Behind every once-in-a-lifetime photograph is a story. Sometimes these are stories of luck–of being in the right place, at the right time, with the right lens attached to your camera–but more often than not triumph is preceded by years of trial and error. An outlandish “bucket shot” achieved by the sheer force of the photographer’s will and persistence. The Black Leopard by wildlife photographer Will Burrard-Lucas falls into the second category.
The Black Leopard: My Quest to Photograph One of Africa’s Most Elusive Cats is a difficult book to categorize. What Lucas has created here is part memoir, part photo story, and part inspirational how-to book for any aspiring wildlife photographer who wants to know what it really takes to carve out a name for yourself in a crowded and noisy industry.
It’s described as one photographer’s “quest to photograph one of Africa’s most elusive cats,” but it could just as easily be described as “the making of a world-renowned wildlife photographer.” It just happens to end with a series of photos that were essentially unprecedented.
Lucas can trace his love of leopards to a year that he spent in Tanzania as a child. In fact, his entire career as a wildlife photographer could probably be traced back to that first experience of Africa, but it was a sole leopard sighting that most captivated 5-year-old Will, sparking a fascination that remains with him to this day.
The origins of his dream to photograph a black leopard in particular are harder to pin down. Perhaps it’s simply a matter of mystery and myth: in Africa, these cats are so rare as to be the stuff of legend. You could spend your entire life as a professional safari guide and never so much as glimpse one, and prior to 2019, the last scientifically documented sighting of a wild black leopard in Africa was recorded in 1909. Any wildlife photographer would dream of photographing this particular animal.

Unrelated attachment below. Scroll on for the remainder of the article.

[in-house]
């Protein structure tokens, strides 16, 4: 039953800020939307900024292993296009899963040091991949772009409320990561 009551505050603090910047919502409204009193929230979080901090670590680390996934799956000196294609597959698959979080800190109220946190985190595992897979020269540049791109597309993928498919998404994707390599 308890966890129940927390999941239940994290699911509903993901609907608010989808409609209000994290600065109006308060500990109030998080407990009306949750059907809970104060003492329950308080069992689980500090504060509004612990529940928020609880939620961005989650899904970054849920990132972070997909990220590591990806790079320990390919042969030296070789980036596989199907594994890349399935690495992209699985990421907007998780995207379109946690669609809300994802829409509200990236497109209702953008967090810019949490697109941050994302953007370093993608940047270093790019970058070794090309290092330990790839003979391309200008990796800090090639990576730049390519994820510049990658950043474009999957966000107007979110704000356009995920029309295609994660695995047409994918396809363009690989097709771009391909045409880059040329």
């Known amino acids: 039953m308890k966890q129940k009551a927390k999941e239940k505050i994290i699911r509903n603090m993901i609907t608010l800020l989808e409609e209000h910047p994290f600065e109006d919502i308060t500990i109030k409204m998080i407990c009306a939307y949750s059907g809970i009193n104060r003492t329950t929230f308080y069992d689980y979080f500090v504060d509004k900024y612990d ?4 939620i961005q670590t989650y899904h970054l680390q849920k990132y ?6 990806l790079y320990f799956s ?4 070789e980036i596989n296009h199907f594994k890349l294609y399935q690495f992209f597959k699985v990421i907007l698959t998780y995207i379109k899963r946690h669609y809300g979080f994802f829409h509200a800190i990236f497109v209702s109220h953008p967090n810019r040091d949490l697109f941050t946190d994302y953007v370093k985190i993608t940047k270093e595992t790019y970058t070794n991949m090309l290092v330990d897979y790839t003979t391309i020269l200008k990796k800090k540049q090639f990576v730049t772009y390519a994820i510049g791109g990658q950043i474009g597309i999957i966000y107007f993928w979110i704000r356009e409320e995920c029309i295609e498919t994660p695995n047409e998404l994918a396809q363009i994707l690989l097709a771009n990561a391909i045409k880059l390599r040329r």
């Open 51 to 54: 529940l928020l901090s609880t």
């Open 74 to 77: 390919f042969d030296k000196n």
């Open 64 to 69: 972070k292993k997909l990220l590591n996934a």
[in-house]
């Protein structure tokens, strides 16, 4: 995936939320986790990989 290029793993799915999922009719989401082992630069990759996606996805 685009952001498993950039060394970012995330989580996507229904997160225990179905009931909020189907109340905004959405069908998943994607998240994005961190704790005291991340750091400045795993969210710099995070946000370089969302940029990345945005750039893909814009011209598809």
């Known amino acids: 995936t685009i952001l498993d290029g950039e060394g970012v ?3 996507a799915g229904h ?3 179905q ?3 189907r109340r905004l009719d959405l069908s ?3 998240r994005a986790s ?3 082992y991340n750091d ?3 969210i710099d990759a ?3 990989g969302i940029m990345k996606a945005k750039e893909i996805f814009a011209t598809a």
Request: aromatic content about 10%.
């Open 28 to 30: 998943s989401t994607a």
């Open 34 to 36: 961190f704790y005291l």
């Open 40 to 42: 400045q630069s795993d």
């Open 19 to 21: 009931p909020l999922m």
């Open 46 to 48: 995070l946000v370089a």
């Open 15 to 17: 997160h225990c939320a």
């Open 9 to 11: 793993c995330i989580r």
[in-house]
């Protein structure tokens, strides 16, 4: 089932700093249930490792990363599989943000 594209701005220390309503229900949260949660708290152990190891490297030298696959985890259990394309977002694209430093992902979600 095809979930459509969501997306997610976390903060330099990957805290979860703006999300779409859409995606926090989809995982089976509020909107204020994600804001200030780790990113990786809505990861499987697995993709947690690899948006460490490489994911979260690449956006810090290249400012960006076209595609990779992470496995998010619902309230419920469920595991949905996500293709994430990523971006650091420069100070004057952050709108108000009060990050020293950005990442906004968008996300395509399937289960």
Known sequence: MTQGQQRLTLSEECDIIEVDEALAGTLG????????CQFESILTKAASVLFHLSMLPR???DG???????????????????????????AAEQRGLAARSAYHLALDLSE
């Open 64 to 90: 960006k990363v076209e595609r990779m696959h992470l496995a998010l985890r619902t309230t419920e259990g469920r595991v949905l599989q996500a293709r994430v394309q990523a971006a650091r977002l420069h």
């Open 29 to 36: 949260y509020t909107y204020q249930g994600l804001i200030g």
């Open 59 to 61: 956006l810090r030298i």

But you could just as easily assert–as The Black Leopard seems to do–that Lucas’ entire life shaped him into the right photographer, perhaps the only photographer, for this particular assignment. From that first sighting of a spotty leopard in Tanzania to his fascination with ever-more-complex remote cameras, to the creation of his company Camtraptions, every pivotal moment and entrepreneurial turn in Lucas’ career helped him to perfect the skills, knowledge, and techniques required to capture studio-quality photos of this impossibly rare animal in the wild.
A little more than half of the book is dedicated to narrating this coming-of-age story, and at first, this narrative conceit feels almost like a bait-and-switch. You think you’ve picked up a book about photographing the black leopard and here is this photographer telling you his life story starting at age 5. But by the end of the book, the value of this context is undeniable.
Speaking with me over email, Lucas explained how this realization occurred to him in much the same way it eventually occurs to the reader.
I always intended to publish the photographs in a book–but a book focusing solely on the leopards of Laikipia. However, as the project progressed, it became clear that there was so much more to the story. It seemed that the many strands of my life had come together perfectly to culminate in this project and I was inspired to tell my full story for the first time.
In the book, the various threads of Lucas’ life story all coalesce into one fateful phone call in August of 2018. While trying to work around a frustrating issue with a photo safari in Madagascar, a fellow guide mentioned that a black leopard had been spotted multiple times at Laikipia Wilderness Camp in Kenya.